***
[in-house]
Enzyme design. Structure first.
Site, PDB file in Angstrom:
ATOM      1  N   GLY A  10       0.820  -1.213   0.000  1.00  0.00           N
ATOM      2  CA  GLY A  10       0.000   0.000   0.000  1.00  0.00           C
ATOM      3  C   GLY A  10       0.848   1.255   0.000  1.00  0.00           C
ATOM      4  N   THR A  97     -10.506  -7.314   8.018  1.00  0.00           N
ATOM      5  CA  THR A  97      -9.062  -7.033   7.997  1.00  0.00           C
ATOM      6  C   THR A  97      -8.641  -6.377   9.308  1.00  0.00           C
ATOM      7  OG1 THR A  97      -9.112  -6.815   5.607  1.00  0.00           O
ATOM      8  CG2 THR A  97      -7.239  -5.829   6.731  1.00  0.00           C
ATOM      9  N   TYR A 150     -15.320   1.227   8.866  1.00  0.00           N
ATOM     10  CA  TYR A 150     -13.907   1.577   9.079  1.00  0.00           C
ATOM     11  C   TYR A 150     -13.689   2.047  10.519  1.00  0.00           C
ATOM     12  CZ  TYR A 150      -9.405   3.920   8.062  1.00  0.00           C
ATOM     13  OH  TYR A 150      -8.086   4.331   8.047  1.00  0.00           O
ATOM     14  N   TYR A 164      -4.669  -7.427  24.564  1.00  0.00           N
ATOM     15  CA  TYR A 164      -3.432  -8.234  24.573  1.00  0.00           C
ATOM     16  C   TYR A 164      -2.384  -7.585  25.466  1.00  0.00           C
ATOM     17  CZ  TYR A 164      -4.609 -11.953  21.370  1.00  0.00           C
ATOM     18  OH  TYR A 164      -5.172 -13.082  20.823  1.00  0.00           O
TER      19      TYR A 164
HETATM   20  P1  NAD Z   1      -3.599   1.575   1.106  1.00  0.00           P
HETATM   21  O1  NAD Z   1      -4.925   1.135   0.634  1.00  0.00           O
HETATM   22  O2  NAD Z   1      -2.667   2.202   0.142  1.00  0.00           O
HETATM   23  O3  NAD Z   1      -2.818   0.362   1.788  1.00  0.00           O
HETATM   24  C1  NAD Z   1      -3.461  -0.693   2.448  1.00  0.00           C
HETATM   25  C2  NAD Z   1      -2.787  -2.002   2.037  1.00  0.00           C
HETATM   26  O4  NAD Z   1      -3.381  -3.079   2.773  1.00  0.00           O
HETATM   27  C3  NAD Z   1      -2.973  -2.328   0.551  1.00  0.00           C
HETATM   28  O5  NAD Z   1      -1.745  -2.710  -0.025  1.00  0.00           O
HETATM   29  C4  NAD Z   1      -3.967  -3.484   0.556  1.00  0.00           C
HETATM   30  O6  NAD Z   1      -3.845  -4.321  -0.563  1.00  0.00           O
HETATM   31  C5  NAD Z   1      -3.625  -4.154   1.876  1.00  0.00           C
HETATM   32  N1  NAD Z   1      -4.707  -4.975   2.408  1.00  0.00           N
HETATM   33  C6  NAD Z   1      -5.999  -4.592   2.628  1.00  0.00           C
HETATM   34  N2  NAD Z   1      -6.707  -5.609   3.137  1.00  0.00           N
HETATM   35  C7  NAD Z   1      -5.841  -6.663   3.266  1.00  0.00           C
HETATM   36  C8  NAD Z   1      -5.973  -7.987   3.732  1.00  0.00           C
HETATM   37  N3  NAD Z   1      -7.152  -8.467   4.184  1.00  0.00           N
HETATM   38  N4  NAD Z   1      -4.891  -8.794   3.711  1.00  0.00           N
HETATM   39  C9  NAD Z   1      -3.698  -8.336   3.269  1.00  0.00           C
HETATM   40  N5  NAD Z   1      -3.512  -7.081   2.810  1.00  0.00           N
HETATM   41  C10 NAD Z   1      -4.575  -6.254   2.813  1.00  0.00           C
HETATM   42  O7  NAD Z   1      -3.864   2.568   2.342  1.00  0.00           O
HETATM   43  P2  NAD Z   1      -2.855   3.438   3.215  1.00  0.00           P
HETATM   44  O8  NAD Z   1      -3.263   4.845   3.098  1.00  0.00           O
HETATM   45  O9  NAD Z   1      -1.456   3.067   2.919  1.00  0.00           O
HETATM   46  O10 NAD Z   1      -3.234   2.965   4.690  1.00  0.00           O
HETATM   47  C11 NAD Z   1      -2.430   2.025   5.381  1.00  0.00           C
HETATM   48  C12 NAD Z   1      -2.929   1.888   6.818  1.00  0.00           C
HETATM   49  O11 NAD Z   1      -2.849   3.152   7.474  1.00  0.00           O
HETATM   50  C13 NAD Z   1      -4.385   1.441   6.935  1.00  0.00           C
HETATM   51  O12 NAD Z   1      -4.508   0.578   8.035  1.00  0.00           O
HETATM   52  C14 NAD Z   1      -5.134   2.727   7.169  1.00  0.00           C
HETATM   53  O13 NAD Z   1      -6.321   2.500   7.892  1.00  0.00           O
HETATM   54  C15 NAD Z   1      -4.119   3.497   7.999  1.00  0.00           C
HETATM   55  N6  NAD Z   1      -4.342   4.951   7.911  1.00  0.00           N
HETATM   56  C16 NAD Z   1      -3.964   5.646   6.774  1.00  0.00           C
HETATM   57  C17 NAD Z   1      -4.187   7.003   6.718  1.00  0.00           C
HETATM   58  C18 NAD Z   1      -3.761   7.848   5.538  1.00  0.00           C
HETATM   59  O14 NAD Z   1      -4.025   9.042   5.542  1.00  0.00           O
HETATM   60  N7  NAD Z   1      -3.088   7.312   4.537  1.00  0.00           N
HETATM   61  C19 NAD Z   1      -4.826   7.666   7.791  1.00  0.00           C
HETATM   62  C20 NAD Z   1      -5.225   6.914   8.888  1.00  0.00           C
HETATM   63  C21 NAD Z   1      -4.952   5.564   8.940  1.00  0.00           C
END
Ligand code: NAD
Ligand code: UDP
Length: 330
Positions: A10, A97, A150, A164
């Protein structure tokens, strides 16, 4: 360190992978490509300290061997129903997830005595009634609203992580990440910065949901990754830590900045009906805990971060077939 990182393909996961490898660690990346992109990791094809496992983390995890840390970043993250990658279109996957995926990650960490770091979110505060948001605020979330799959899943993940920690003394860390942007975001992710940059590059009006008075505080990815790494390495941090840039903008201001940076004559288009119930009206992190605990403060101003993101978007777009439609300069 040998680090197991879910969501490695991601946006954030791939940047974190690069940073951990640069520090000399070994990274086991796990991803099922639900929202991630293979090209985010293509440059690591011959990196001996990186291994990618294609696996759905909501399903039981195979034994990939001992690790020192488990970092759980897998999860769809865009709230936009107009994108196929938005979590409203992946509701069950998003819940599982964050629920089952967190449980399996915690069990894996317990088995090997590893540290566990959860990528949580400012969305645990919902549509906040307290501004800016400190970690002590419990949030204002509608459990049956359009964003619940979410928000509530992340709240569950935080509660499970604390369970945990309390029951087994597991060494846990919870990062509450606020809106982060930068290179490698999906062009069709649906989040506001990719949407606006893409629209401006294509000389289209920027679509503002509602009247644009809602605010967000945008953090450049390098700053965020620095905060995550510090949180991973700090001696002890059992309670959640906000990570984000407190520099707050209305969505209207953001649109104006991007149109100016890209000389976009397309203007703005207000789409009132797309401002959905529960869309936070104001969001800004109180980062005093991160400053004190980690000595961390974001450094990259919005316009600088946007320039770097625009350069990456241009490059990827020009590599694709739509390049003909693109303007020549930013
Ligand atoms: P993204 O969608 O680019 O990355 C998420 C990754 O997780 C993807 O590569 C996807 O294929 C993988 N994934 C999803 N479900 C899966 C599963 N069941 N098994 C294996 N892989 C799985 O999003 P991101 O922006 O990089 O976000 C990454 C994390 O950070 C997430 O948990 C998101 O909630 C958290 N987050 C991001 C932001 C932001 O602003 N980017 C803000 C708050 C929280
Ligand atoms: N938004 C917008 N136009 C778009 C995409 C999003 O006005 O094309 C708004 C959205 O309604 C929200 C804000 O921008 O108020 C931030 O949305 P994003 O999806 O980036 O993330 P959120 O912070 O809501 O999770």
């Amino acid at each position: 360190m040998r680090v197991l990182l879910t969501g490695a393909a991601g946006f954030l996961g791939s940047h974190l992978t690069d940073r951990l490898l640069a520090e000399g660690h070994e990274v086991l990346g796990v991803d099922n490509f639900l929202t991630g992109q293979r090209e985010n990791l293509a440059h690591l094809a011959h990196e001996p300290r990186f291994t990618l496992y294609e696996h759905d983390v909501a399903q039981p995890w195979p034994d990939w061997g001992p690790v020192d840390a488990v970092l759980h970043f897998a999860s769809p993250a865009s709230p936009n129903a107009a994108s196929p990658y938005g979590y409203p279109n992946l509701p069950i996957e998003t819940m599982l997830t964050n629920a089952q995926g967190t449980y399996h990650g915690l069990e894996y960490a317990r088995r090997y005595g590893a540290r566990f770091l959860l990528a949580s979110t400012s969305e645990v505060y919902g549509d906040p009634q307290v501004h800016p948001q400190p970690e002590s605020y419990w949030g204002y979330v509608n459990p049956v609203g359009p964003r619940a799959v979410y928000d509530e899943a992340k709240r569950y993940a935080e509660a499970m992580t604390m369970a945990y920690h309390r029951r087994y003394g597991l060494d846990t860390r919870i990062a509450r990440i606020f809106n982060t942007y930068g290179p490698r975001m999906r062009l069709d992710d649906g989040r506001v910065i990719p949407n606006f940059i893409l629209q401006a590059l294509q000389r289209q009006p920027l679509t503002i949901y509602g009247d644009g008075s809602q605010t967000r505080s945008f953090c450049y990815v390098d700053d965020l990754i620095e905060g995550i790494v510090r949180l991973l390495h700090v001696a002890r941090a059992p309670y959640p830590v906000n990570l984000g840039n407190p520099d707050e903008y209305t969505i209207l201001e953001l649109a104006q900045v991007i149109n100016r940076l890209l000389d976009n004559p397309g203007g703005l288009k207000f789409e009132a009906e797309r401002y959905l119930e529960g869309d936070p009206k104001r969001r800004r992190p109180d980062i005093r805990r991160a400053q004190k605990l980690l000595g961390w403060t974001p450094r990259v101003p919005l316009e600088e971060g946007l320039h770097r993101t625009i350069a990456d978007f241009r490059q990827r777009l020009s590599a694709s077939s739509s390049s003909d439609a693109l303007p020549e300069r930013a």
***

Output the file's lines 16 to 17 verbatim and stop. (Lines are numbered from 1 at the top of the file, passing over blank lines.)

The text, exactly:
ATOM     13  OH  TYR A 150      -8.086   4.331   8.047  1.00  0.00           O
ATOM     14  N   TYR A 164      -4.669  -7.427  24.564  1.00  0.00           N